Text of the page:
Intended for healthcare professionals

Rapid response to:

Primary Care

Interaction of St John's wort with conventional drugs: systematic review of clinical trials

BMJ 2004; 329 doi: https://doi.org/10.1136/bmj.329.7456.27 (Published 01 July 2004) Cite this as: BMJ 2004;329:27

Rapid Response:

Herbs are potent

As a person who uses herbs for himself regularly to treat illnesses
and increase a sense of well-being, energy, and maintain health, I find
the responses interesting. Herbs are potent. According to Chinese and
Ayurvedic traditions, incorrect use of herbs can cause harmful effects.
This, of course, refers to ordinarily beneficial herbs. To gleen some
competence in herbal medicine, one must look to authentic herbal
traditions, the Chinese and Ayurvedic being the most well-known though
hardly the only reliable ones. I do not think that one can state that SJW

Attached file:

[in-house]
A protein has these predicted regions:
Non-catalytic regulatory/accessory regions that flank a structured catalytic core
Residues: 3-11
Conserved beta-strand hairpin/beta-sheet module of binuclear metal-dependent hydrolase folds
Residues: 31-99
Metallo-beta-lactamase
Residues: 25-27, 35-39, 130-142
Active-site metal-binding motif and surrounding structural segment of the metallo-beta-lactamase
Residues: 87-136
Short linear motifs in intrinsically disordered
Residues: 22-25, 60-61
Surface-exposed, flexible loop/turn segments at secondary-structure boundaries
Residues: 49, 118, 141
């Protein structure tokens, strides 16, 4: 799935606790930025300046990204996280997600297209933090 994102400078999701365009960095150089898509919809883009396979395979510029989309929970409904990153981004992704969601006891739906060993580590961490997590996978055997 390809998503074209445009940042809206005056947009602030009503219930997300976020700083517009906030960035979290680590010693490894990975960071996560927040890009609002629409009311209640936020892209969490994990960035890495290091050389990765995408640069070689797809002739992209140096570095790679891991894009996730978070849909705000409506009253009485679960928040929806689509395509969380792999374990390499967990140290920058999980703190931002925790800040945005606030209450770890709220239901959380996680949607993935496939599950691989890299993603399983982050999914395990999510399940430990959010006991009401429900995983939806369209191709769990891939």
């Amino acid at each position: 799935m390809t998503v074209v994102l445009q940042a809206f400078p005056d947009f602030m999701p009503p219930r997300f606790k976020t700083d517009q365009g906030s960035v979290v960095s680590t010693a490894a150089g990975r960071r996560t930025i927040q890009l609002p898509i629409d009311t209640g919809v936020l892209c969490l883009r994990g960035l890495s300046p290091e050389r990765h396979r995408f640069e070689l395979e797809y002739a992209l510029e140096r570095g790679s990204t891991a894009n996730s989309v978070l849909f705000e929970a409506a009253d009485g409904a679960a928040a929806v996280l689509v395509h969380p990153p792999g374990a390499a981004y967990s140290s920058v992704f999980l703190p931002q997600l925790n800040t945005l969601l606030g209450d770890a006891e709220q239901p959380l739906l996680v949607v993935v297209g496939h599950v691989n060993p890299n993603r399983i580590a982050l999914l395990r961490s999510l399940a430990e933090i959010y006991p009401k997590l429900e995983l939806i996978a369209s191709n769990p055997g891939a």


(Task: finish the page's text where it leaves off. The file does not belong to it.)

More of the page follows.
*cannot* have side effects of the nature that other people have espoused.
Nor, do I think that the established medical-scientific industrial complex
can be trusted to properly regulate herbal medicine. Mixing herbal
therapies with Western drugs requires expertise for two reasons: one is,
do no harm; two is, do benefit. Both require caring and expertise on the
part of the practitioner. I can only speak for the US, where I live. We
need competently trained herbalists, and this means students are trained
by competently trained herbalists, and this means seeking out those with
an authentic tradition in herbal medicine.

Competing interests:
I am an employee of a pharmaceutical company.

Competing interests: No competing interests

12 February 2005
Barry L Parnas
Research Chemist and Licensed Massage Therapist
St. Louis, MO